SAN FRANCISCO (AP) _ A Roman Catholic priest who was censured by the Vatican has found a new home for his New Age blend of Christian mysticism, environmentalism, social justice and feminism.

The Rev. Matthew Fox was welcomed into the Episcopal church Friday, bringing with him his ''creation spirituality'' and his plans for a high-tech, multimedia Mass to lure youths back to Christianity.

The services will be similar to one developed in England, which used 42 television sets and 12 video cameras to record and rebroadcast sermons and the Mass, interspersed with images of American televangelists, industrial pollution and an embrace between President Clinton and Prime Minister John Major.

Fox also said he hopes to inaugurate what he calls the Virtual Institute of Creation Spirituality - an on-line system to teach spirituality through computers and local community work.

''Worship forms are working for some - maybe 10 percent,'' Fox said. ''But how can you say the liturgy is working for the people if 90 percent don't show up?''

Fox compares himself to 13th century theologians like Thomas Aquinas, who said revelation can be found in two places: the Bible and nature.

Fox ran afoul of the Vatican when he founded the Institute for Culture and Creation Spirituality at Holy Names College in Oakland.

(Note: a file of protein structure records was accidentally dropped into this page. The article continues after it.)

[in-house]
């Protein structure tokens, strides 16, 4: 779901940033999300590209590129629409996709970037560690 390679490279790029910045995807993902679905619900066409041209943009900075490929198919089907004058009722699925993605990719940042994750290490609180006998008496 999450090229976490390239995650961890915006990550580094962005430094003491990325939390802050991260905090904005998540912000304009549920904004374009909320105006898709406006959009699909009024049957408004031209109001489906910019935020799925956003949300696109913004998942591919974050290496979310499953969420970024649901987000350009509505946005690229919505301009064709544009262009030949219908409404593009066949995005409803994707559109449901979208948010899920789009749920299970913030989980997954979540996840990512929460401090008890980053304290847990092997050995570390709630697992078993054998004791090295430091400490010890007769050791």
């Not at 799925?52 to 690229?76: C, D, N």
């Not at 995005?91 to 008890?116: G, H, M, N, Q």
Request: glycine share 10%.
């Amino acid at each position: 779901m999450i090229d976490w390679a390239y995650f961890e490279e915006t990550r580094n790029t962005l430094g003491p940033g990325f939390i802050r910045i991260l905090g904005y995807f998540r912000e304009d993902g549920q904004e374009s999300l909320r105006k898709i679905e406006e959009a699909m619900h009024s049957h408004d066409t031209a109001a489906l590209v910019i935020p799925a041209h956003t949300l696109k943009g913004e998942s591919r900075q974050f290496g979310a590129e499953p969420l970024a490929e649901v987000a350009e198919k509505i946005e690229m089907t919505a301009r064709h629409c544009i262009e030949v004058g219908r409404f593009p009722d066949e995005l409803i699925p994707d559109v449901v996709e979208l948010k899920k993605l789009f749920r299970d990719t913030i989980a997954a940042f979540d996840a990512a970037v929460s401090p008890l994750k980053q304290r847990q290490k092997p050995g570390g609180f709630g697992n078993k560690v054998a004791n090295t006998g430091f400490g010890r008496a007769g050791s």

He also angered conservative Catholics by hiring faculty members who included a certified masseuse, a Zen Buddhist, a yoga teacher and a self- described witch named Starhawk.

In 1988, the church silenced Fox for a year. In 1993, he was expelled from the Dominican order after 33 years. The expulsion prevented him from performing the sacraments.

California's Episcopal bishop, William Swing, said Fox joined the Anglican church in January. If he completes his studies, he could begin administering sacraments by December.

No Catholic officials have complained about Fox's conversion, Swing said after welcoming Fox to Grace Cathedral in San Francisco.

Fox, 53, said he decided to join the Anglicans when a group of young people from northern England invited him to view the ''rave'' liturgy they developed.

The word ''rave'' refers to underground all-night dance parties that feature synthesized music, flashing visual images and heavy use of hallucinogenic drugs.

But the liturgy does not include drug use.

Fox invited the group to set up a similar service at Grace Cathedral and Swing has agreed.

''What better place to see it happen than in the Cathedral, with all of its archetypal power?'' Fox said.